Avoid all the longing for the drug and the memories that the recovering addict feels are beautiful or comforting as much as possible. A person may also need to change everything that links him to these matters, such as his friends, the ways he used to take, his telephone devices that he used to contact promoters or drug users, or delete their numbers and other means of communication with them at least….etc!.
Ignoring style: It is useful for those who direct indirect temptations, such as sights, smells, or people associated with abuse. He can also confront her by saying (No). Disregarding it alone may be enough, but replacing the idea of the idea that fueled his longing has a stronger effect, such as bringing to his mind another picture completely different or relaxing in the place of the idea of abuse that just came to his mind.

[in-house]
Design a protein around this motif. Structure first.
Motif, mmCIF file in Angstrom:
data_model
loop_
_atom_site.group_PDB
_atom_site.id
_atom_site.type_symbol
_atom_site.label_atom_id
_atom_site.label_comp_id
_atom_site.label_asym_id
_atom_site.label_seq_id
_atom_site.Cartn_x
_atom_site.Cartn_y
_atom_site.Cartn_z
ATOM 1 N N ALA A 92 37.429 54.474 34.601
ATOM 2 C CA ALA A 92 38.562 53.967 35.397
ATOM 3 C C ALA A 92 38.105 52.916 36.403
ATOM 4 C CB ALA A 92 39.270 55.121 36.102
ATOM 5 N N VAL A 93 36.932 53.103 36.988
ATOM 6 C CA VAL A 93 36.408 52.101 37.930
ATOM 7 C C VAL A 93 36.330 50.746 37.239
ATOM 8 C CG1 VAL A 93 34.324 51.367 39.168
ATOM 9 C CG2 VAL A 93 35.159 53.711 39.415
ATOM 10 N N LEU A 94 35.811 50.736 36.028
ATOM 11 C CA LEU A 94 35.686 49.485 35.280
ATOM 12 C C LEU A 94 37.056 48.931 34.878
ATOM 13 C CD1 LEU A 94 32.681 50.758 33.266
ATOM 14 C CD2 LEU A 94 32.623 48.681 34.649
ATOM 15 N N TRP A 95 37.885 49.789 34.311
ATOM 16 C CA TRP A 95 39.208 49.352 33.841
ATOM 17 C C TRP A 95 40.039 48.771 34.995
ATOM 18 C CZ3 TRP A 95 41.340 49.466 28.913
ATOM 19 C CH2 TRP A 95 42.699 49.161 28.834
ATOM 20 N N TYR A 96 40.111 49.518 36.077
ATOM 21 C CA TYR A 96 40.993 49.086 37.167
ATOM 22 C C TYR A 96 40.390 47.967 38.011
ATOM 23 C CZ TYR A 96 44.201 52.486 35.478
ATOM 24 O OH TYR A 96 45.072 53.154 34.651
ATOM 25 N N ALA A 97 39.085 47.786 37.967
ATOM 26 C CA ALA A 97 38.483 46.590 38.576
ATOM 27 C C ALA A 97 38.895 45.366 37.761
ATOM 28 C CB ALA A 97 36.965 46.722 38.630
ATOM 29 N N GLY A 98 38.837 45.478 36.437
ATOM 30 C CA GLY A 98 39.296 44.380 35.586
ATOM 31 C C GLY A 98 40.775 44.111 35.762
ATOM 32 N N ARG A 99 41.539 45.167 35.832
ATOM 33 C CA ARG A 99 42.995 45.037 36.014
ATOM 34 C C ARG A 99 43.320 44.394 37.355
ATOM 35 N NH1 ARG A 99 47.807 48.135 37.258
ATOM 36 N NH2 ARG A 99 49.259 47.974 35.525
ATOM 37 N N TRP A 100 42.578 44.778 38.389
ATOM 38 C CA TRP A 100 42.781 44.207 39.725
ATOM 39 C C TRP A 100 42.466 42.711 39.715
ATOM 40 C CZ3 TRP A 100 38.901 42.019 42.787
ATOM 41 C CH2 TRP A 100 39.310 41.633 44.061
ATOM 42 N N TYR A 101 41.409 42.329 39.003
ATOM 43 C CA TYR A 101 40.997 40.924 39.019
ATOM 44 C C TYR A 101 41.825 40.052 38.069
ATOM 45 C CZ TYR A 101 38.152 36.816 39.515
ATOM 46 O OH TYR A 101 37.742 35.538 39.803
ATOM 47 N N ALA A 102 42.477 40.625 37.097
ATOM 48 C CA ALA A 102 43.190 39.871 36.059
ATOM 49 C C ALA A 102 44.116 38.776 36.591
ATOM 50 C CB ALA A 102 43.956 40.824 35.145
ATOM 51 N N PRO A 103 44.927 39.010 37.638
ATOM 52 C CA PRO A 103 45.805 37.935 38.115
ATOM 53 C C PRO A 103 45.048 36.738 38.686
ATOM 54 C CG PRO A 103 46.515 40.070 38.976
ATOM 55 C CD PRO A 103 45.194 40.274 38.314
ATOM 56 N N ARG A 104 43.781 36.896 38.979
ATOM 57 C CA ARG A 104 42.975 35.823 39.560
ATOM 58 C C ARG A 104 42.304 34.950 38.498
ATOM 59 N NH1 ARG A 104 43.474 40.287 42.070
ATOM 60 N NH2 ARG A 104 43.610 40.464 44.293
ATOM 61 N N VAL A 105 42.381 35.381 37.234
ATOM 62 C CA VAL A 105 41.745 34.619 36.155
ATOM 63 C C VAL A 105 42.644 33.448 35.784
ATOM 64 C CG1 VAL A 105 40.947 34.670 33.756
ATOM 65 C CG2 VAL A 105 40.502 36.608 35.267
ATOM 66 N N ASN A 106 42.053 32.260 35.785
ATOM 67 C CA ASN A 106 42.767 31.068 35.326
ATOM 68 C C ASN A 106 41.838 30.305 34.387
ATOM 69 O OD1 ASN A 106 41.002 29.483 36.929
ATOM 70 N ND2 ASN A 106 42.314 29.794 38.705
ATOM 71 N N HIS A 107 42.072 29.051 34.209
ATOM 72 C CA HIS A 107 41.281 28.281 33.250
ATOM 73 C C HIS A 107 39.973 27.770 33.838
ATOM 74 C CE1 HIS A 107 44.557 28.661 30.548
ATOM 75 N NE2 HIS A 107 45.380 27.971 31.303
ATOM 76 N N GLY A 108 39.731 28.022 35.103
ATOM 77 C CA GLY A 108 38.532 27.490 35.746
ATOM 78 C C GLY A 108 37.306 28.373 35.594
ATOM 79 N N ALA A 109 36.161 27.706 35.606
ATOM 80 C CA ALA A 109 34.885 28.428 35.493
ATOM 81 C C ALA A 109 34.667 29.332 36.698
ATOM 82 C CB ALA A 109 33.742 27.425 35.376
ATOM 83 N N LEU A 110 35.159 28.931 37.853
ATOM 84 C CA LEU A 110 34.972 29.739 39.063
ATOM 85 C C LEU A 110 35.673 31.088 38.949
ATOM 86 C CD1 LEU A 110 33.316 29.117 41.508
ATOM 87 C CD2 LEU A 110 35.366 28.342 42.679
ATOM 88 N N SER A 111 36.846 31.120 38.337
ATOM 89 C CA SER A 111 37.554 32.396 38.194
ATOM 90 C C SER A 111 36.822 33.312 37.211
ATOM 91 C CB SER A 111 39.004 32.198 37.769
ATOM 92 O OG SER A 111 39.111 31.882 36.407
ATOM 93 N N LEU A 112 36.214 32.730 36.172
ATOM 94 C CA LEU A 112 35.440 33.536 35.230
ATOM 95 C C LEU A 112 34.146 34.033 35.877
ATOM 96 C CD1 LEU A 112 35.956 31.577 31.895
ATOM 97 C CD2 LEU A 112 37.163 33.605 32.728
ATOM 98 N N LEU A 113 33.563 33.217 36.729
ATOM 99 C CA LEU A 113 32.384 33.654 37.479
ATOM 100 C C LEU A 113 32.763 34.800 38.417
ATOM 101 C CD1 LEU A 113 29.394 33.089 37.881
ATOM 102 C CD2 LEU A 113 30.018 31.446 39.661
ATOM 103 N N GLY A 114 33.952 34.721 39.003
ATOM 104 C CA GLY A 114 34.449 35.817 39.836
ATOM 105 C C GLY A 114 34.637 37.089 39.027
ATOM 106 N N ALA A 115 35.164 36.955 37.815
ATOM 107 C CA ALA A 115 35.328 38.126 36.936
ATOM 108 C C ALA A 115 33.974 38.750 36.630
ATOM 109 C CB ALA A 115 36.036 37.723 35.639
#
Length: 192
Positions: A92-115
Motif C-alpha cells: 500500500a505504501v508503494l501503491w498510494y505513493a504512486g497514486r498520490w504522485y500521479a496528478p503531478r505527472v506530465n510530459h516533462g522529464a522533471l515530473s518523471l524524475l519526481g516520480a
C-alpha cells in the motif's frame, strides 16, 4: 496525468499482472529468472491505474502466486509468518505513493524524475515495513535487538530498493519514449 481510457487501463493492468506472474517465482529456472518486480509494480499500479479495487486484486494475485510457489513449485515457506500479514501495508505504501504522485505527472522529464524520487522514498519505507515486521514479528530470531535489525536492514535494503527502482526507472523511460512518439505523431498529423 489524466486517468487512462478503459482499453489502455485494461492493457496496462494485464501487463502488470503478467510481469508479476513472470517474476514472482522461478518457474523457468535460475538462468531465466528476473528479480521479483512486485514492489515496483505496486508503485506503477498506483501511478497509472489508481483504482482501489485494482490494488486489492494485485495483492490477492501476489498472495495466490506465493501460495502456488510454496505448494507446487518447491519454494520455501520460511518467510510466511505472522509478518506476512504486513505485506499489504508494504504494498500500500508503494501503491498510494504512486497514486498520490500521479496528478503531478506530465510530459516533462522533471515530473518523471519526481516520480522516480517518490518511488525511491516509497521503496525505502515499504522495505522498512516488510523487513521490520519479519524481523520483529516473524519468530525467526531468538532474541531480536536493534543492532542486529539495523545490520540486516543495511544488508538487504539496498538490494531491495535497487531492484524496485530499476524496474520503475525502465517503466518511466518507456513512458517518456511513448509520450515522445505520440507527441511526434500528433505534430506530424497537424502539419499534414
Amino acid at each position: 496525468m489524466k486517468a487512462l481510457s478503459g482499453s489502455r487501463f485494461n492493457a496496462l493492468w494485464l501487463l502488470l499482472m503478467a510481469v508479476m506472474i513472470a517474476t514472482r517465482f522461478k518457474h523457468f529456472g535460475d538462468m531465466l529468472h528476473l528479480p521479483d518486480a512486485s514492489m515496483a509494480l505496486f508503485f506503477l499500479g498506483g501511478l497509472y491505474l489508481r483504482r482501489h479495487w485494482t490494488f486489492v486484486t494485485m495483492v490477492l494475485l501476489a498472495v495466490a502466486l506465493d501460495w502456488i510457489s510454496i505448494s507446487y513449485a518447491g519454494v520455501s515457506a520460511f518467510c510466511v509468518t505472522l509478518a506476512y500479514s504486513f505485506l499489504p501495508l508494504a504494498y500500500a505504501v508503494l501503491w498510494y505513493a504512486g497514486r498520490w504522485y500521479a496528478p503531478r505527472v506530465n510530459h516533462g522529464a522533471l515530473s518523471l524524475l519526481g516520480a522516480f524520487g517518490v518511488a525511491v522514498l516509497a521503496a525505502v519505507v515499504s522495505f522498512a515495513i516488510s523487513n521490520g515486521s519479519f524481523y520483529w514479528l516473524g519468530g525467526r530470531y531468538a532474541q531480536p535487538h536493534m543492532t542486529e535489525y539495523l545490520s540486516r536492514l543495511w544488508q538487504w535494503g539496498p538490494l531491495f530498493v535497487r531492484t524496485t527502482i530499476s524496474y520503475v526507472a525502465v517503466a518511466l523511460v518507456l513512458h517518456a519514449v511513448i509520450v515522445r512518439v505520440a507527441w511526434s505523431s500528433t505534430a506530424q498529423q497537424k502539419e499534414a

Refraining from physical gestures. It is useful for those who enjoy physical language and understanding with it more than verbal language, in which they may not be proficient in the necessary skills. The promoters themselves understand the meaning of the firm “no” with the sign and in this way may be the most telling message to them that the recovering addict stands firm against their temptations and does not care about them.
Refusal with explanation: Explanation with kindness in speaking also helps to be convinced of what the person himself says. An example of this is to say (No, I have stopped using or smoking for health, family and financial reasons…..etc!) and it is possible to delve into the reasons for stopping and its good results as well.
The simple (no) word: but it is firm and strong at the same time, and whether it is verbally or physically expressed, even if it is by sight. Rejection in a gentle way is with people close to the person and with whom he has a good relationship in the first place.